Most Prominent Voice in Panama’s Election Isn’t on the Ballot

Panama is holding a presidential election on Sunday while facing an odd situation: The most prominent player in the race is not on the ballot.

Ricardo Martinelli, a former president of the Central American nation and known to his supporters as “El loco,” or the crazy one, had been a top contender until he was disqualified because of a money laundering conviction.

But from inside the Nicaraguan Embassy in Panama City where he was granted asylum, Mr. Martinelli has been strenuously campaigning for José Raúl Mulino, a former public security minister who was his running mate and took his place on the ballot.

Mr. Mulino has led the polls in a field of eight candidates, vowing to return Panama to the economic growth it experienced under Mr. Martinelli, who was president from 2009 to 2014.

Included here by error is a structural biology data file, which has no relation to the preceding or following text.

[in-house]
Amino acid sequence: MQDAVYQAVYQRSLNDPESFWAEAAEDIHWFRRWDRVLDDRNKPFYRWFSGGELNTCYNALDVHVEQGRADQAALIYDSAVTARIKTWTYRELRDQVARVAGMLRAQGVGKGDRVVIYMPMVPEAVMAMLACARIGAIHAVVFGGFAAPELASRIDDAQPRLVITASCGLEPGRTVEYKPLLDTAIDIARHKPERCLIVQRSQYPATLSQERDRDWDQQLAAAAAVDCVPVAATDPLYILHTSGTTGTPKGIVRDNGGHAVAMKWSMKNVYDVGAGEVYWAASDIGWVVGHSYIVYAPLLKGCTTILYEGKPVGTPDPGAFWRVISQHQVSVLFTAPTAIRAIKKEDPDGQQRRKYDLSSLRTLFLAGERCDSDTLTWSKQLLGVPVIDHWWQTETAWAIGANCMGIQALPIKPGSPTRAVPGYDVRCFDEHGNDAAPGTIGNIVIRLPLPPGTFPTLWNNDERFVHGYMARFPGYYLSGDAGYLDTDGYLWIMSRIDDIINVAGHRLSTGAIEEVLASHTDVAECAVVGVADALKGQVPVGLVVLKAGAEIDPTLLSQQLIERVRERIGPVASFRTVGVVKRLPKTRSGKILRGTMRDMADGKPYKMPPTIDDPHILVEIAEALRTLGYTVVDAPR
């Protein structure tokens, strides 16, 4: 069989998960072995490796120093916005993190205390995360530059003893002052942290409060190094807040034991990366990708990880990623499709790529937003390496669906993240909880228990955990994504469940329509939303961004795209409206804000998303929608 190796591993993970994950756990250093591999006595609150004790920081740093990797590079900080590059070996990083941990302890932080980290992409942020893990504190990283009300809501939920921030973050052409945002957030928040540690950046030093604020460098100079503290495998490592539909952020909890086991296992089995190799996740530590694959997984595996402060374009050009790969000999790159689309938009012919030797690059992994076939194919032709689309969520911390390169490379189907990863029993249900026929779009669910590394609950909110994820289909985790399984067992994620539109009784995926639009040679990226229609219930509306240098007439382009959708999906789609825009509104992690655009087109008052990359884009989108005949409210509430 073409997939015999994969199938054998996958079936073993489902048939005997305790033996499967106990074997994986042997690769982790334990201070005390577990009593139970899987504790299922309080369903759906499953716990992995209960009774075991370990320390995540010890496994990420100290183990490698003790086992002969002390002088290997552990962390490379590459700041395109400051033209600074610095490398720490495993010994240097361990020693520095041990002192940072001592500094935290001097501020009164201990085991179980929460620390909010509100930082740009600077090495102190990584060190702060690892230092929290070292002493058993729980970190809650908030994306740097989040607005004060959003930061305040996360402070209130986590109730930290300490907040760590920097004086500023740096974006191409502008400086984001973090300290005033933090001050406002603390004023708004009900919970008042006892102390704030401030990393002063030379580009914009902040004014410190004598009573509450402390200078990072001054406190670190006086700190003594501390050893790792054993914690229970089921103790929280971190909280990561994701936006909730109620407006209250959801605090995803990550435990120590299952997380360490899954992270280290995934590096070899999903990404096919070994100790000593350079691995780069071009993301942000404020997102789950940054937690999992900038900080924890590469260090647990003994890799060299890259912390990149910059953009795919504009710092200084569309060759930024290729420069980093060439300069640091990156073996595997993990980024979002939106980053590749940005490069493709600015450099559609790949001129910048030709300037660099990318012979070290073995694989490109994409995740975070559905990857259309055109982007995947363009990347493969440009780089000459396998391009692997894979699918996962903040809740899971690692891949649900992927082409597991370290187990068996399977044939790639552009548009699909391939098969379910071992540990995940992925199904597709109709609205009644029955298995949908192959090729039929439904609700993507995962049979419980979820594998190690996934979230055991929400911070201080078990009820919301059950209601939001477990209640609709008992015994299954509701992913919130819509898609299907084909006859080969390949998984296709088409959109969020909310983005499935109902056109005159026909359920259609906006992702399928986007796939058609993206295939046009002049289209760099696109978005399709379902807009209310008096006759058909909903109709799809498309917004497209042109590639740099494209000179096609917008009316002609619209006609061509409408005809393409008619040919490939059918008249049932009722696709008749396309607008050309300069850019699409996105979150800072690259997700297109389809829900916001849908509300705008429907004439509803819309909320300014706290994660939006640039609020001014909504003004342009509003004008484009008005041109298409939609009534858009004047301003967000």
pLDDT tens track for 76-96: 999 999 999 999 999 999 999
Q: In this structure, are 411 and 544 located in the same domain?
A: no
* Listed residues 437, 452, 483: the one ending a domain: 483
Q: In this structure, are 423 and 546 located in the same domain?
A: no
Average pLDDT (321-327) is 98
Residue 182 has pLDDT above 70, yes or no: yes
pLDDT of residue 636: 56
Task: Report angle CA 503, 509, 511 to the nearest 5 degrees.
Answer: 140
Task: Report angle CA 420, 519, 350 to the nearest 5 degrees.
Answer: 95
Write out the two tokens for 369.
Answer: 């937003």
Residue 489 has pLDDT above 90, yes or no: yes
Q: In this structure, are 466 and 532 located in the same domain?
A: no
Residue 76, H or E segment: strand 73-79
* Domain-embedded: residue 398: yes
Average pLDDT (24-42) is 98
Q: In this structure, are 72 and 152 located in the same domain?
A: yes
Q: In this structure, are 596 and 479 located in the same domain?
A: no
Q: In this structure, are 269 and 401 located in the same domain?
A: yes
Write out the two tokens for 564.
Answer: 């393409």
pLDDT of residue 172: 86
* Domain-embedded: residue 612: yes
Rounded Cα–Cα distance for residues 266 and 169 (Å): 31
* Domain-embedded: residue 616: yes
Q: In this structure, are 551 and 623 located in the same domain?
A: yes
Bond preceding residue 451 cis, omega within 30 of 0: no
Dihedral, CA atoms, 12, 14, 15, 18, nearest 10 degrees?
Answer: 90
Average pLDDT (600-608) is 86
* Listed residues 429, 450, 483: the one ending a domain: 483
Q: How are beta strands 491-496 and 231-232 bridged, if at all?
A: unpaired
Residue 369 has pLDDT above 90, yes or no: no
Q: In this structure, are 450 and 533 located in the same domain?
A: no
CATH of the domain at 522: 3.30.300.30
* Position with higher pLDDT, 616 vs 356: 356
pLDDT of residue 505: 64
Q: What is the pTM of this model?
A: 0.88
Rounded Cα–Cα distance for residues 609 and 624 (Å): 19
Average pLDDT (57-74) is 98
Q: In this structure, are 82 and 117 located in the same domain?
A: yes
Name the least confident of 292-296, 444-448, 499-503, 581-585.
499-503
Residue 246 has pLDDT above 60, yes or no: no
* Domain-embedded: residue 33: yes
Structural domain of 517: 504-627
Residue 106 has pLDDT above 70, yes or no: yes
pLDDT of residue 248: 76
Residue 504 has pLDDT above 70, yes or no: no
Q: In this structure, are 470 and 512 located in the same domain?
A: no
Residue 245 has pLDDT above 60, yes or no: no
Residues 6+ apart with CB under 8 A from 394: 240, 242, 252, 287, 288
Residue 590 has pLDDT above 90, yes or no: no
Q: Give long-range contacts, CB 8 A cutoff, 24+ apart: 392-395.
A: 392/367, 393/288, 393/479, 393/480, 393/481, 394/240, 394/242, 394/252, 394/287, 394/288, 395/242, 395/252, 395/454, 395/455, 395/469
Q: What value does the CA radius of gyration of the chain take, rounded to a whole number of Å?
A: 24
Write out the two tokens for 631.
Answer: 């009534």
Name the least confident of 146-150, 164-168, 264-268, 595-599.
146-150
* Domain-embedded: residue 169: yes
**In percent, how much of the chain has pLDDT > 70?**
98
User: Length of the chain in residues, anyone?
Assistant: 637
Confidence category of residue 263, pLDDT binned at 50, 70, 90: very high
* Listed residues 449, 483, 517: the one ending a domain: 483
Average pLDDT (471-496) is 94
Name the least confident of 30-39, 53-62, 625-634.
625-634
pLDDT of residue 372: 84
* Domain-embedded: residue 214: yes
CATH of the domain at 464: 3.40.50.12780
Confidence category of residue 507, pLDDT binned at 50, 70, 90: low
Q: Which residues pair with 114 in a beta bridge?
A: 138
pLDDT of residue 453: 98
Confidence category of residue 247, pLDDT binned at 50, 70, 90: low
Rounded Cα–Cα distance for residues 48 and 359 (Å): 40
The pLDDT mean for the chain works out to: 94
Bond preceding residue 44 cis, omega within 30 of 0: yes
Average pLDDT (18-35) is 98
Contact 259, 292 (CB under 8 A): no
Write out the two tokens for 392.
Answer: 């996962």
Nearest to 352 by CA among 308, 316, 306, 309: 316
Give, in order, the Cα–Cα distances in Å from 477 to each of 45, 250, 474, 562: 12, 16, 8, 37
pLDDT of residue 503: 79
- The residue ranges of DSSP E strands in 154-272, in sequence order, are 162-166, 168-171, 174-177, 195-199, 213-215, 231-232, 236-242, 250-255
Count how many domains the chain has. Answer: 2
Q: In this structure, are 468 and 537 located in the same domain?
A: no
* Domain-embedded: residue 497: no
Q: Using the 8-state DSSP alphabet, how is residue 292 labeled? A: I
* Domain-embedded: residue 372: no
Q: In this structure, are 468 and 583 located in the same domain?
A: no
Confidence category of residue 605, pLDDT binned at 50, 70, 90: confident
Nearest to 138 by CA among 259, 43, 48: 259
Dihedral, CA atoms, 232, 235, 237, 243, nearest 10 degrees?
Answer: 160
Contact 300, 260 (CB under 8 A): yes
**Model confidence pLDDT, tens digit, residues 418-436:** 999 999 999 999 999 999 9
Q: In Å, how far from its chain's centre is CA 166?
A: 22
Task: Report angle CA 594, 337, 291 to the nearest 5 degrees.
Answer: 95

Political chaos has characterized the election, which takes place amid widespread frustration with the current government and in the aftermath of major protests last year against a copper-mining contract that demonstrators said would damage the environment.

The candidates are competing for a five-year term in a single-round vote — whoever receives the highest percentage of votes wins. Voters will also be choosing representatives for the National Assembly and local governments.

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